Photoacoustic-based thermal image formation and optimization using an evolutionary genetic algorithm


Res. Biomed. Eng.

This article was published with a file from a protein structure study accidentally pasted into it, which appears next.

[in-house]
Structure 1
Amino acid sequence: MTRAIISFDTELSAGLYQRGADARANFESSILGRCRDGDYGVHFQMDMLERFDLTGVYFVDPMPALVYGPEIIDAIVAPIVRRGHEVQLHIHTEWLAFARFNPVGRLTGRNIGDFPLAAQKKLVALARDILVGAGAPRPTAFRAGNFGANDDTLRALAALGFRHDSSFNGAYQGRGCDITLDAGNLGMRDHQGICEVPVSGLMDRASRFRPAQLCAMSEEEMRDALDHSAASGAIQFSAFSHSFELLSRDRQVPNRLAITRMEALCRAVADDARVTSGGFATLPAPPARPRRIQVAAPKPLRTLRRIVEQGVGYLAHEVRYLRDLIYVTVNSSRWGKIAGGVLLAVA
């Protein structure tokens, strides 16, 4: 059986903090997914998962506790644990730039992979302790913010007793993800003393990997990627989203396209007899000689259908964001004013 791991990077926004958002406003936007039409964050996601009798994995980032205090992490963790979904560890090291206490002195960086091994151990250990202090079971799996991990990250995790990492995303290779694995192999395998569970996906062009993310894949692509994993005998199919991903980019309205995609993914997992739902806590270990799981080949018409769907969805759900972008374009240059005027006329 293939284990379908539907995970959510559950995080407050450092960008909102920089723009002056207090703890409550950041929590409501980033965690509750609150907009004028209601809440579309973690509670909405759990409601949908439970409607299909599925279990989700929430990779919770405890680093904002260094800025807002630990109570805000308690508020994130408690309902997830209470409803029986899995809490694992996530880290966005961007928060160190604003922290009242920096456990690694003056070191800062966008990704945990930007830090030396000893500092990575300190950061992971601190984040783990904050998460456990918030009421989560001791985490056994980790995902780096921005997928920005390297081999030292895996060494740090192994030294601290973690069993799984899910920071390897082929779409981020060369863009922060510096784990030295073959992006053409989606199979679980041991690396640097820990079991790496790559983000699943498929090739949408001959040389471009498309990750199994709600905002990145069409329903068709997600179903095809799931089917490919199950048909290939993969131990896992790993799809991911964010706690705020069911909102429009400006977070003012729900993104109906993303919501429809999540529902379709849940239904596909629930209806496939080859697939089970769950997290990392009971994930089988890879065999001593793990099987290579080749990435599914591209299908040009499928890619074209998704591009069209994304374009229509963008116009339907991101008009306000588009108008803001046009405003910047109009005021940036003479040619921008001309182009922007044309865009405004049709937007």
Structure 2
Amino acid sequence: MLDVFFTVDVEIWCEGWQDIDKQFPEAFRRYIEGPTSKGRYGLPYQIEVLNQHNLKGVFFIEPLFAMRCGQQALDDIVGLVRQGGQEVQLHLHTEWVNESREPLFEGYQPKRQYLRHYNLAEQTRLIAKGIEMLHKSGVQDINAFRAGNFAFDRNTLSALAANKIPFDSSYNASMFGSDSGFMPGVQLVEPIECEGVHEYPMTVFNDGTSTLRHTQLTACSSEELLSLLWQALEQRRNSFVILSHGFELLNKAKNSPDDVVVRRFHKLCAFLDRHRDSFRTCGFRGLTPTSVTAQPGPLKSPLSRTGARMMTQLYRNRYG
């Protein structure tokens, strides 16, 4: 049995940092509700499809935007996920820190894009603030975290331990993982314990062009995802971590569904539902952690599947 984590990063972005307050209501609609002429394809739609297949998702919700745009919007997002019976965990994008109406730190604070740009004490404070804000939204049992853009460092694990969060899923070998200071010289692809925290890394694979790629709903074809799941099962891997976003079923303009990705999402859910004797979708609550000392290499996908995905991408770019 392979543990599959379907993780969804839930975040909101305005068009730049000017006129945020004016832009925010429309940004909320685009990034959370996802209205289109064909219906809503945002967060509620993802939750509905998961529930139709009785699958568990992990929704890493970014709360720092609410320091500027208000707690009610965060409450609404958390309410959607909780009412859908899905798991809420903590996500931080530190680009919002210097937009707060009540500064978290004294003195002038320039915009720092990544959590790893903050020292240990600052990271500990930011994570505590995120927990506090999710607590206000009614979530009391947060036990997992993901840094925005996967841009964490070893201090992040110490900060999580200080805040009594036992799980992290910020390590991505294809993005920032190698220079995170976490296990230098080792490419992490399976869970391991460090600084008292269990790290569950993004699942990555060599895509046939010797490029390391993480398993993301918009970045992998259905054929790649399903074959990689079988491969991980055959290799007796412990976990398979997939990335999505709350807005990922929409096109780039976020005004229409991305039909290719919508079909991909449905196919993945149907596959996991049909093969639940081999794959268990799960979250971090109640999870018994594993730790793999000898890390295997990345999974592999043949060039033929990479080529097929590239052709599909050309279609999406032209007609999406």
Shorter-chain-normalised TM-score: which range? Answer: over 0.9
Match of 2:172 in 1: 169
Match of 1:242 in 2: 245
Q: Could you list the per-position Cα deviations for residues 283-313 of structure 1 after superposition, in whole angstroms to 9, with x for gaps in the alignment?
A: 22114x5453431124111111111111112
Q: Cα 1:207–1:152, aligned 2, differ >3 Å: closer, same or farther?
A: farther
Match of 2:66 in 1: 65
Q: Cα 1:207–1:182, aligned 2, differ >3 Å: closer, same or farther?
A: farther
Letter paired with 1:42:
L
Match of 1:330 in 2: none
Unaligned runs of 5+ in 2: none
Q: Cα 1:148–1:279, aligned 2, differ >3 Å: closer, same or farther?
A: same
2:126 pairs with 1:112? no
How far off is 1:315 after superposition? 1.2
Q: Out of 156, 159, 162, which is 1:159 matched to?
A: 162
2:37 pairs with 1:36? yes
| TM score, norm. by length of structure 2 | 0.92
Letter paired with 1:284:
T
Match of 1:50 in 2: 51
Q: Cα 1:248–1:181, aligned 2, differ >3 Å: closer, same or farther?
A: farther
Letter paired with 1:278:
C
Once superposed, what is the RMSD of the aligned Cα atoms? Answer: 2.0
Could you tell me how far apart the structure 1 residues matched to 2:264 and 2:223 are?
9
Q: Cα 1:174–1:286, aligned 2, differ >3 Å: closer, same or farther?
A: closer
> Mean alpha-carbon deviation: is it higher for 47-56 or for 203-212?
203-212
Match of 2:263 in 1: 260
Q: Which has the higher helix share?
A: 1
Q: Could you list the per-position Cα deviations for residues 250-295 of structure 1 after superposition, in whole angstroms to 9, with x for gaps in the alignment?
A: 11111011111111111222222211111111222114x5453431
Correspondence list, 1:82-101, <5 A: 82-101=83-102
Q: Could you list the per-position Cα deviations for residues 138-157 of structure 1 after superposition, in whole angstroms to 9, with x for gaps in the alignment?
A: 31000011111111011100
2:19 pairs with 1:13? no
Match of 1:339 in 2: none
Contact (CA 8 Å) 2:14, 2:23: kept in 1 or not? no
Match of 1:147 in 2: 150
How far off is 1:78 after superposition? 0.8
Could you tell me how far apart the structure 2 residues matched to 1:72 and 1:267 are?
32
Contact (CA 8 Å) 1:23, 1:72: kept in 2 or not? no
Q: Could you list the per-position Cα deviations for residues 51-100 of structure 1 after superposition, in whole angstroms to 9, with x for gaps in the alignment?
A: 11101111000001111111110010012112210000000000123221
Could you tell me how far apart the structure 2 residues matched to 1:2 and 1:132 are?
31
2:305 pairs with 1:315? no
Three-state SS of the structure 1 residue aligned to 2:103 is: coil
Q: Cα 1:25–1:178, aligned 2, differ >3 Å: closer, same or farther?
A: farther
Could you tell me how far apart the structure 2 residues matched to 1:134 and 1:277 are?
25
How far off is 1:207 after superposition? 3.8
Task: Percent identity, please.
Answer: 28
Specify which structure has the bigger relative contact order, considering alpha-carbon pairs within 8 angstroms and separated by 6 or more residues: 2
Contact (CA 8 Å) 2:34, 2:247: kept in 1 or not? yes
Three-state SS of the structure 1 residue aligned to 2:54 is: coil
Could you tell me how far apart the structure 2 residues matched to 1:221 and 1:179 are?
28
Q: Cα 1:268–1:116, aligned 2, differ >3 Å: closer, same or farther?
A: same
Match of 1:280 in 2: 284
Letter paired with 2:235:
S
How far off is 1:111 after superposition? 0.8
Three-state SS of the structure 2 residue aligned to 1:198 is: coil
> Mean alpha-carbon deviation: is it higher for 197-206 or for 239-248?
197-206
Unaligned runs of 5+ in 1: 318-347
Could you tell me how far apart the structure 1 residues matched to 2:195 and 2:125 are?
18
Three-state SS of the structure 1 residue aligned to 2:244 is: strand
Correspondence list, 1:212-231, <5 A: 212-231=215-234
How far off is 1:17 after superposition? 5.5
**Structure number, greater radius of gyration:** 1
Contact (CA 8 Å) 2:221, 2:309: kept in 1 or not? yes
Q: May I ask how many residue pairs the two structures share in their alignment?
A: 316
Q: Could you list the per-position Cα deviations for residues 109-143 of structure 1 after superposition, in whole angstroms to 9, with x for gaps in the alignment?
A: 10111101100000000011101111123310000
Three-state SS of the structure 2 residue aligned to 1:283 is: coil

Abstract Introduction For improved efficiency and security in heat application during hyperthermia, it is important to monitor tissue temperature during treatments. Photoacoustic (PA) pressure wave amplitude has a temperature dependence given by the Gruenesein parameter. Consequently, changes in PA signal amplitude carry information about temperature variation in tissue. Therefore, PA has been proposed as an imaging technique to monitor temperature during hyperthermia. However, no studies have compared the performance of different algorithms to generate PA-based thermal images. Methods Here, four methods to estimate variations in PA signal amplitude for thermal image formation were investigated: peak-to-peak, integral of the modulus, autocorrelation of the maximum value, and energy of the signal. Changes in PA signal amplitude were evaluated using a 1-D window moving across the entire image. PA images were acquired for temperatures ranging from 36oC to 41oC using a phantom immersed in a temperature controlled thermal bath. Results The results demonstrated that imaging processing parameters and methods involved in tracking variations in PA signal amplitude drastically affected the sensitivity and accuracy of thermal images formation. The sensitivity fluctuated more than 20% across the different methods and parameters used. After optimizing the parameters to generate the thermal images using an evolutionary genetic algorithm (GA), the percentage of pixels within the acceptable error was improved, in average, by 7.5%. Conclusion Optimization of processing parameters using GA could increase the accuracy of measurement for this experimental setup and improve quality of PA-based thermal images.

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